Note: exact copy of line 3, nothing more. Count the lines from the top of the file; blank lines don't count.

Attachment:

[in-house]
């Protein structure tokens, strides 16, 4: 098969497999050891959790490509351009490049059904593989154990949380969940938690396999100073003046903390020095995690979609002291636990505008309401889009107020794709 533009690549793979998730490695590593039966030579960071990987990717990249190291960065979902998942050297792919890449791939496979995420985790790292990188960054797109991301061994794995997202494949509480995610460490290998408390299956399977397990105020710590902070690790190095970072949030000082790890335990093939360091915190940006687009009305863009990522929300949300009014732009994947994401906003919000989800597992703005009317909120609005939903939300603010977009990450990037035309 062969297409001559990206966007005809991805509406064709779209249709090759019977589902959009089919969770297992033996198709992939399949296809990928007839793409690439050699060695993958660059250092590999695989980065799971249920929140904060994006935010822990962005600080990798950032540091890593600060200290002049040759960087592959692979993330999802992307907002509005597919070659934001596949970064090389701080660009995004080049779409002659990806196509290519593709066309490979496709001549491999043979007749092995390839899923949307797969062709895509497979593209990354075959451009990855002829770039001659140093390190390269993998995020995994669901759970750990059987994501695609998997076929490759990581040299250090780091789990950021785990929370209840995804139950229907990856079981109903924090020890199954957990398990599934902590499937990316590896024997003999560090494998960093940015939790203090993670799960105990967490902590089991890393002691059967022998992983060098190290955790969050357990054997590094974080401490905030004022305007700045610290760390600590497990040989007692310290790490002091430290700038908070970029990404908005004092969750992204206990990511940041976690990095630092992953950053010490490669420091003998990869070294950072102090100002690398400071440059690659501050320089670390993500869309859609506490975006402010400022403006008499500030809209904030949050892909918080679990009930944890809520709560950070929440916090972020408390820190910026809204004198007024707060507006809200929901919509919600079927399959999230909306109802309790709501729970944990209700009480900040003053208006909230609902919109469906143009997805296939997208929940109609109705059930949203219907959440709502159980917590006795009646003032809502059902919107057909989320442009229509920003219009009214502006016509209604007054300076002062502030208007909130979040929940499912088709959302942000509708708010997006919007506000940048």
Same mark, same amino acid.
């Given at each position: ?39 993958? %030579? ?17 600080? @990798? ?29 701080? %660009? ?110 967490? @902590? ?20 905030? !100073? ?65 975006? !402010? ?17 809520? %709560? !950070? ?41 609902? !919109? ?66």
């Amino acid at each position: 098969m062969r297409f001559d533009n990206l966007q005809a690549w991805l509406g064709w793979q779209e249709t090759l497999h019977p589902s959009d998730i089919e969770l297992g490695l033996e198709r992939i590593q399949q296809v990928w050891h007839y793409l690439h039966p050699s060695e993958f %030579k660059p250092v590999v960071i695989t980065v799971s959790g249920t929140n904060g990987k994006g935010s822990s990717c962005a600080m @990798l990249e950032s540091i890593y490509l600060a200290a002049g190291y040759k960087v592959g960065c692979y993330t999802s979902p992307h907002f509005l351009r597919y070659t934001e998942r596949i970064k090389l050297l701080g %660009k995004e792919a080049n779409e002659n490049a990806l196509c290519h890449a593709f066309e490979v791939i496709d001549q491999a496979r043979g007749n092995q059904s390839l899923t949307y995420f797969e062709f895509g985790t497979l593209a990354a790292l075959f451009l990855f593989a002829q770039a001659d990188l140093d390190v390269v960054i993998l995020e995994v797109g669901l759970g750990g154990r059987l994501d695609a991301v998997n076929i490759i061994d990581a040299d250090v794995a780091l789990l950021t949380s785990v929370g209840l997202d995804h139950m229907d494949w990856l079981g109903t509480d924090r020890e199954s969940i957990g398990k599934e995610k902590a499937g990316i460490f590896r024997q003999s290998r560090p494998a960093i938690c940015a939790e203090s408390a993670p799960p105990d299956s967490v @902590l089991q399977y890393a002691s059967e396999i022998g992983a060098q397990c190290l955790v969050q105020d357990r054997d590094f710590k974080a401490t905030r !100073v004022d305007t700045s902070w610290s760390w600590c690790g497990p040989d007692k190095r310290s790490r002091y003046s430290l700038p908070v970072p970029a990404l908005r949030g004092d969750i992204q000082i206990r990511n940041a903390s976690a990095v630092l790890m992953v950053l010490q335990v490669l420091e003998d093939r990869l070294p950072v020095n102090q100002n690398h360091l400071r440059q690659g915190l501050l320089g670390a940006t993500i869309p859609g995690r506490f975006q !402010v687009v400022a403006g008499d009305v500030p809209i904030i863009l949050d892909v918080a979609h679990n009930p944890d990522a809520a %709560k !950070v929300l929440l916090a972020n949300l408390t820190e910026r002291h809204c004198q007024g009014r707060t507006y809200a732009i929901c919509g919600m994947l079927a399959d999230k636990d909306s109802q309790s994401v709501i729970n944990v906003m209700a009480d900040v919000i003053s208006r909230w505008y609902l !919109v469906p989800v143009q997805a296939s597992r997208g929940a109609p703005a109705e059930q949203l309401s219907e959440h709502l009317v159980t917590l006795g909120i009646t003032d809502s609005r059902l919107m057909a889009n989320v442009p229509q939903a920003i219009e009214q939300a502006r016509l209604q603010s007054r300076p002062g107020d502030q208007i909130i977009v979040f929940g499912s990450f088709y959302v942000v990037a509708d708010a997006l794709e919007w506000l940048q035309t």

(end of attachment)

Same mark, same amino acid.